Living In An Apartment? Trust Me, You Want a Privacy Screen
I live in an apartment in San Diego. One of those full-building numbers. I've got neighbors on either side of me, above and below me, and I even have neighbors in the apartment building across the street. I don't know the guy across the street, I don't even know his name. But I think... I suspect... let's face it, I know for certain that he has seen me naked.
It was late, I woke up from a restless sleep, it was balmy sticky hot outside, and I was thirsty. So I, quite naked, walked to the kitchen to grab some orange juice. I flipped on the lights without even thinking about it and grabbed some juice from the fridge. While chugging away, I absent-mindedly turned my head to look out the window, and sure enough, Mr. Nosy-Neighbor was also in his kitchen, across the street, getting a late night snack. He was looking into my window. My eyes went wide, and then so did his, perhaps realizing he had been caught, and in a panic I frantically drew the thin fabric curtain over the window. But the fabric is thin enough that it's still practically see-through, so he could still see me.
That night, I decided to get some privacy screens.
See, privacy screens can help people living in apartments in a number of different ways. Folding screens make for a great room divider in small studio-type apartments, so that your sleeping area can be totally separated from the rest of the main living space. This can diminish the amount of "free space in an apartment," but it will also keep your sleeping area more private. Or your kitchen. And as I can tell you from experience, this is very, very important.
Some apartment buildings, like mine, are designed in such a way that there are other apartments directly across from them. Hello, Mr. Nosy-Neighbor. And even if you have curtains over your windows, sometimes your neighbors can still look into your bedroom and living room spaces completely unwarranted. So how does one make sure that they mind their own business? I put folding screens in front of the windows, and it worked. Instant privacy, and they look cool too.
Privacy screens don't have to be drab and boring old room dividers, either. There are many different kinds of folding screens on the market today. For example, there are Japanese screen designs, called Shoji screens. They come in many different styles, both traditional as well as contemporary, with lots of unique and exciting artwork. Some of the most popular Japanese designs are available in a "window pane" style. They come in different heights, with five to six foot models being some of the most frequently-ordered, it seems. At least, those were the ones in the "best-sellers" section of the site I visited.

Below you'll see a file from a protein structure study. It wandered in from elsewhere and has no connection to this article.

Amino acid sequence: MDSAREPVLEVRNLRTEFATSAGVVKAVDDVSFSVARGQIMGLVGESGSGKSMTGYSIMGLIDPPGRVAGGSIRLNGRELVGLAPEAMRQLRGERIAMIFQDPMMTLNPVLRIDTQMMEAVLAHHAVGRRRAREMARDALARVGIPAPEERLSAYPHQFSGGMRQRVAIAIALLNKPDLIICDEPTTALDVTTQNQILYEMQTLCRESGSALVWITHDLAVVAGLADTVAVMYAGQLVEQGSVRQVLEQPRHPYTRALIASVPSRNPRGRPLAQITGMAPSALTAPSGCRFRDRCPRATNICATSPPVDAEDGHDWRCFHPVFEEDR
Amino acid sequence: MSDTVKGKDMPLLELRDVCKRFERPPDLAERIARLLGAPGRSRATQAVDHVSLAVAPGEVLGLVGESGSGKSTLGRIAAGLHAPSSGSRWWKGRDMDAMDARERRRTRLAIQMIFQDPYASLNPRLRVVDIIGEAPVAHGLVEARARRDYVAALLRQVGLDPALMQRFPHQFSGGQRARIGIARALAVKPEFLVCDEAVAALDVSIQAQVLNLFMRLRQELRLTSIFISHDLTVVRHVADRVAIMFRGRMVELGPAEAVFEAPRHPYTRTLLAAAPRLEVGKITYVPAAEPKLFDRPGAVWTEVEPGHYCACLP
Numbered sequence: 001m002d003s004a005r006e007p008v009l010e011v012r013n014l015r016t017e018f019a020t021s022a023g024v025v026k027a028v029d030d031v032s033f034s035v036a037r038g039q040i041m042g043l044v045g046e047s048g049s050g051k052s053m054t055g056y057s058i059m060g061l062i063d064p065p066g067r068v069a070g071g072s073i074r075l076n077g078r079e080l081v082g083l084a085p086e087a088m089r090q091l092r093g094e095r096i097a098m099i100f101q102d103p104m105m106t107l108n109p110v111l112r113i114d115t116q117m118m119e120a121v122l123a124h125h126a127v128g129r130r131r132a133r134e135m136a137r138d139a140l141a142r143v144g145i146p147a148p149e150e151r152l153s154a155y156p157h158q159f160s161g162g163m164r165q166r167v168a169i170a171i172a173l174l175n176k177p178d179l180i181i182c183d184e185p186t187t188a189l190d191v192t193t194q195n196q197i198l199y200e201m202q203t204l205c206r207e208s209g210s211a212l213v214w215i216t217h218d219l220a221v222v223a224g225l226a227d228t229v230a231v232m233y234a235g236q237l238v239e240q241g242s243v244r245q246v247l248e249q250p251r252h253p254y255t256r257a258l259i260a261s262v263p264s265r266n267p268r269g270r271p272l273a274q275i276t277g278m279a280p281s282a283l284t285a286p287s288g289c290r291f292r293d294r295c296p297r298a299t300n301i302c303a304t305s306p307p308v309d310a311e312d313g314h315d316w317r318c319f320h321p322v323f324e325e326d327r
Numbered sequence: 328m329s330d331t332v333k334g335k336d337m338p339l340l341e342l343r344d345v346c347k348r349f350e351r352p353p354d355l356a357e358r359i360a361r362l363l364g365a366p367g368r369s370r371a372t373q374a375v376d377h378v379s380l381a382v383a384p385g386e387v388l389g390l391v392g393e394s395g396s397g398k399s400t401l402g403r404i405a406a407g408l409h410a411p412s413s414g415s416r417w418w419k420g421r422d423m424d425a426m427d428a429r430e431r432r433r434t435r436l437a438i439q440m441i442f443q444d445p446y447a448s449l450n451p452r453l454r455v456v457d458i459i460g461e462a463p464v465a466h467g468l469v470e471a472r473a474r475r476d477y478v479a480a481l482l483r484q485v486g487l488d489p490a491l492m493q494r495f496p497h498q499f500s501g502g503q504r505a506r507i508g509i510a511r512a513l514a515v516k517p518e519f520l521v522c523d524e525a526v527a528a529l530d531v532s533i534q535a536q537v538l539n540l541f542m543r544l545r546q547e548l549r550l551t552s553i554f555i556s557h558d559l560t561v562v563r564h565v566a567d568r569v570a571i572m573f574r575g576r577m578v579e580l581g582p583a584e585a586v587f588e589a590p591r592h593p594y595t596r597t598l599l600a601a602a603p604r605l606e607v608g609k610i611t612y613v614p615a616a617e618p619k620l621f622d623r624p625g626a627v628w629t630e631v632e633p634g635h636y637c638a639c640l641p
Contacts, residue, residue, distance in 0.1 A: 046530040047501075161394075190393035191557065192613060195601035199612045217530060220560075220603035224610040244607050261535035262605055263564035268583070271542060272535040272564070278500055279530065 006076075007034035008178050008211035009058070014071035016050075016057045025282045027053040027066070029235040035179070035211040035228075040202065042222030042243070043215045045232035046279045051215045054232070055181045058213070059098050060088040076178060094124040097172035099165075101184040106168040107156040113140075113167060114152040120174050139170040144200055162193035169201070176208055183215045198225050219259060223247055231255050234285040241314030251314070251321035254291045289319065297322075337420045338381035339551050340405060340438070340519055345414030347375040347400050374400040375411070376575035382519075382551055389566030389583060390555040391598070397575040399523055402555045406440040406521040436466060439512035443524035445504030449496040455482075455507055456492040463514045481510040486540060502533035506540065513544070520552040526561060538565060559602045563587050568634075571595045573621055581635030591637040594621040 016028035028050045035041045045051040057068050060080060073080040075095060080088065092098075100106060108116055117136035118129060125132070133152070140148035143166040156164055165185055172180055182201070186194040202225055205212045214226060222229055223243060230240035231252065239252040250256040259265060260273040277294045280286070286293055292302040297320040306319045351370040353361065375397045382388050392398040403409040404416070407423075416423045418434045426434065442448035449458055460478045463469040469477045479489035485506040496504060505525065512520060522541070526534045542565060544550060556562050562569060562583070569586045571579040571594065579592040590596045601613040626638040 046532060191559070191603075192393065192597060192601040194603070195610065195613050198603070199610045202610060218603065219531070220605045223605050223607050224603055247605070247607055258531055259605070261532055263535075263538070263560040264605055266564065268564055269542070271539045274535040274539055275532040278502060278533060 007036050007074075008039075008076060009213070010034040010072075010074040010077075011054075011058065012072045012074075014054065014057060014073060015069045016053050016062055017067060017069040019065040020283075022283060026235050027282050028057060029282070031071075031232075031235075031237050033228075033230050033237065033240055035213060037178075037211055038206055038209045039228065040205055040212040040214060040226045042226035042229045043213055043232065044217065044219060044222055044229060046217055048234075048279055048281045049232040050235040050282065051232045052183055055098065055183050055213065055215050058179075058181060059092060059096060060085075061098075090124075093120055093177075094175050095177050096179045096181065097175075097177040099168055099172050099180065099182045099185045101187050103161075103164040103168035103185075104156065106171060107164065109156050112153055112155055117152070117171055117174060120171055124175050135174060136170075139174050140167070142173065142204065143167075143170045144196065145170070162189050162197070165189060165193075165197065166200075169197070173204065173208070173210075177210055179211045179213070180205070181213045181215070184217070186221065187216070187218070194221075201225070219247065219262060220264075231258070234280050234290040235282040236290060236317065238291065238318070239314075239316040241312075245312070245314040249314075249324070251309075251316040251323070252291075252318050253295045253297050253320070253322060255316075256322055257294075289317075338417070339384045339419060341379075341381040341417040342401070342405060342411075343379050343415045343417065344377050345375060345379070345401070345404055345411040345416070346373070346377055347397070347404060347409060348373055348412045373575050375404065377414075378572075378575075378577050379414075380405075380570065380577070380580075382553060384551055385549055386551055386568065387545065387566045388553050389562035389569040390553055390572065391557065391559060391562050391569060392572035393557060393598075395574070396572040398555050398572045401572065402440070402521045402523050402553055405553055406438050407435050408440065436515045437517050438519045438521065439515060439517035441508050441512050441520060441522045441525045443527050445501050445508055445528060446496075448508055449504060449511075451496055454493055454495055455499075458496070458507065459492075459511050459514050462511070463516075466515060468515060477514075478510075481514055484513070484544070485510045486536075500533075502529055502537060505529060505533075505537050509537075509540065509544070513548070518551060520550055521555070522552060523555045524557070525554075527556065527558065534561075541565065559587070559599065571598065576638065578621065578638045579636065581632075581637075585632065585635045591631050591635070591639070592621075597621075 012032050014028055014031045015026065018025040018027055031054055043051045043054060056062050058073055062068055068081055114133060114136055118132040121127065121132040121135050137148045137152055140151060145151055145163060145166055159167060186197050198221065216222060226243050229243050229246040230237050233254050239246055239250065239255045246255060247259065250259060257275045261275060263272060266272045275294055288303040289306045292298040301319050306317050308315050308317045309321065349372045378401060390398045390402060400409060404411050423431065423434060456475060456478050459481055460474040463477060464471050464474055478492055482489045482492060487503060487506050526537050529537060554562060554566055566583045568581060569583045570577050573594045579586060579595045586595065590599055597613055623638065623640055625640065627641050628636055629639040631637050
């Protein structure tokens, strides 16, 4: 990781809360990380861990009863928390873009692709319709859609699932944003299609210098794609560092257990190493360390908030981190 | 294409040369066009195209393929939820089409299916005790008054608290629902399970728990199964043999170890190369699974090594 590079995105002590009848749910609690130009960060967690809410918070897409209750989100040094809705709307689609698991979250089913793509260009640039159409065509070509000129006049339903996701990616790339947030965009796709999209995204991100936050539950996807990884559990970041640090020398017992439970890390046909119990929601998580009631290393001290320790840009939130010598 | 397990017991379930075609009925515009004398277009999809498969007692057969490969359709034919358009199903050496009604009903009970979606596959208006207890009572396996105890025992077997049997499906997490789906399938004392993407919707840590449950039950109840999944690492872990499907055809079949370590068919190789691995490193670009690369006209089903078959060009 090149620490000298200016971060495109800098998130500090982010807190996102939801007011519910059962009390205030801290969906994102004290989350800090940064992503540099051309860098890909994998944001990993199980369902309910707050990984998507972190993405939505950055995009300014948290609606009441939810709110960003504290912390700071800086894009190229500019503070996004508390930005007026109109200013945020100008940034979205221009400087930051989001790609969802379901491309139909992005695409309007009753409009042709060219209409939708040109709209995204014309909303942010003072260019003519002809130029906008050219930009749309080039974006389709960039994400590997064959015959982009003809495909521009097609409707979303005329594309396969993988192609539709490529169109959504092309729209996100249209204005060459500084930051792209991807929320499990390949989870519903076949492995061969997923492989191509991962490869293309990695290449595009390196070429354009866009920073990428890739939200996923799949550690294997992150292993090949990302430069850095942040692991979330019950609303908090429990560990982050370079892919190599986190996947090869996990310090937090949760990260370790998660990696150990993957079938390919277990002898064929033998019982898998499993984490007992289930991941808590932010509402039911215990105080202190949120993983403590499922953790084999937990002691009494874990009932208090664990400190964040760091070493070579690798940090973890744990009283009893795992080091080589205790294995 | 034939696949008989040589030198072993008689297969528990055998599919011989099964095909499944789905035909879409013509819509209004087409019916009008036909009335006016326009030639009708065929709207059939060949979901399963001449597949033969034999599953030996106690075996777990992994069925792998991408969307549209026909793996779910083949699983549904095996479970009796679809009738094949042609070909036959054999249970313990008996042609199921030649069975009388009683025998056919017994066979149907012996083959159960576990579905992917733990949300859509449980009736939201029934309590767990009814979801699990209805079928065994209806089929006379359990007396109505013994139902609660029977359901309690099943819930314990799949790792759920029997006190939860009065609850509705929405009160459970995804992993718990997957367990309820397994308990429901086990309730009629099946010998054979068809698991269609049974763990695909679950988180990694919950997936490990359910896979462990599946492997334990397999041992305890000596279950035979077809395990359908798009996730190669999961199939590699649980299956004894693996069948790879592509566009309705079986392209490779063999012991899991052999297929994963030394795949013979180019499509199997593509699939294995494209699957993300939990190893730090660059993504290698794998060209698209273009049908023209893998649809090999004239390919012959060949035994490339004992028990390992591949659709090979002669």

I think that most modern Shoji screens, at least in America, are made from lightweight Scandinavian Spruce. They utilize genuine Asian-style tenon joints, though, so they are quite sturdy. Now, this is the most important part: the screen itself is typically comprised of pressed, stretched, and processed rice pulp, reinforced and interwoven with natural plant fibers. This makes them strong and durable, and it makes them look really cool. But what does this mean for someone like me, who really values their right to walk around their own house naked, but who also doesn't want the world to witness the nude parade?
The screen is built to allow some diffused ambient light inside, but the pulp is also thick enough that no one can see in. All they'd get a glimpse of would be a vague shadow of the body behind the divider. So basically, you can leave your screens up at all times, because they still allow some filtered natural light to get into your home. But they do a very good job of keeping out prying eyes, too. At least, they do a better job than those flimsy and wispy fabric curtains you see in so many apartments these days!
But I really like my Shoji screens, not just for their privacy value, but also for their unique artistic aesthetic. Plus, they're portable, so I can bring them into whichever room I please! Whether I'm having some "me" time or entertaining guests, my Shoji screen is always a welcome feature in my home.
Shoji privacy screens are available in many different artistic styles.
I've seen folding screens that resemble Venetian blinds. Then there are a
multitude of natural woven styles, often depicting floral patterns or
forest scenes. Some of the more unique Japanese screen designs I've seen
feature city landscape designs on them, cities on the horizon. I saw
this "New York City Horizon" privacy screen, a double-sided room divider
that features two of New York's most famous land marks: the Empire
State Building, and a view of the Brooklyn Bridge, with the lower
Manhattan skyline in the back ground. As an interesting aside: this
aprticular screen featured the skyline as it was before the September 11
event, so eerily, the WTC towers are still there on the screen.
All of these vivid images are printed with a high-saturation artisanal ink, which is not just stunning to behold, but made to last a lifetime. Of course, plain screens without any ink designs on them are also available, and are very cool in their own right.
You can get these privacy screens and many others online, as I did. Shoji-style Japanese screens and many other room divider styles are available, in varying degrees of cost, though I was able to find many great designs for less than $100, but of course it all depends on which outlet or retailer you're looking at. Some companies even offer free shipping, which was great for me! And you know what the best part about it is?
No more Mr. Nosy Neighbor!
Living in an apartment? Tell me, how do you get your privacy?See results without voting
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